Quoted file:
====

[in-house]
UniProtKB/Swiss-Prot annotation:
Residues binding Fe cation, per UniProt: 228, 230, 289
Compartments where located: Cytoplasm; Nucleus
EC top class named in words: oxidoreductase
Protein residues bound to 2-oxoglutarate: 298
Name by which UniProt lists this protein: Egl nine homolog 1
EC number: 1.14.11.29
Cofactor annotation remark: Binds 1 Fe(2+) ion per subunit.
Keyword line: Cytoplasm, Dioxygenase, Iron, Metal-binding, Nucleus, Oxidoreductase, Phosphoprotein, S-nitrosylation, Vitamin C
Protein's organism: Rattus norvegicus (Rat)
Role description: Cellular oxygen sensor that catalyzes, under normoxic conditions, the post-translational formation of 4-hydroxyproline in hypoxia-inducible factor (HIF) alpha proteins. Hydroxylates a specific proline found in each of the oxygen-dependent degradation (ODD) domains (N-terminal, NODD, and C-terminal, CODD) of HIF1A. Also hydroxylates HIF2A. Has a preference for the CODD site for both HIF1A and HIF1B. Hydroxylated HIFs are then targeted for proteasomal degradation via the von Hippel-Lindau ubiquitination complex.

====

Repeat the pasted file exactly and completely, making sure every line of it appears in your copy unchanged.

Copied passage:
[in-house]
UniProtKB/Swiss-Prot annotation:
Residues binding Fe cation, per UniProt: 228, 230, 289
Compartments where located: Cytoplasm; Nucleus
EC top class named in words: oxidoreductase
Protein residues bound to 2-oxoglutarate: 298
Name by which UniProt lists this protein: Egl nine homolog 1
EC number: 1.14.11.29
Cofactor annotation remark: Binds 1 Fe(2+) ion per subunit.
Keyword line: Cytoplasm, Dioxygenase, Iron, Metal-binding, Nucleus, Oxidoreductase, Phosphoprotein, S-nitrosylation, Vitamin C
Protein's organism: Rattus norvegicus (Rat)
Role description: Cellular oxygen sensor that catalyzes, under normoxic conditions, the post-translational formation of 4-hydroxyproline in hypoxia-inducible factor (HIF) alpha proteins. Hydroxylates a specific proline found in each of the oxygen-dependent degradation (ODD) domains (N-terminal, NODD, and C-terminal, CODD) of HIF1A. Also hydroxylates HIF2A. Has a preference for the CODD site for both HIF1A and HIF1B. Hydroxylated HIFs are then targeted for proteasomal degradation via the von Hippel-Lindau ubiquitination complex.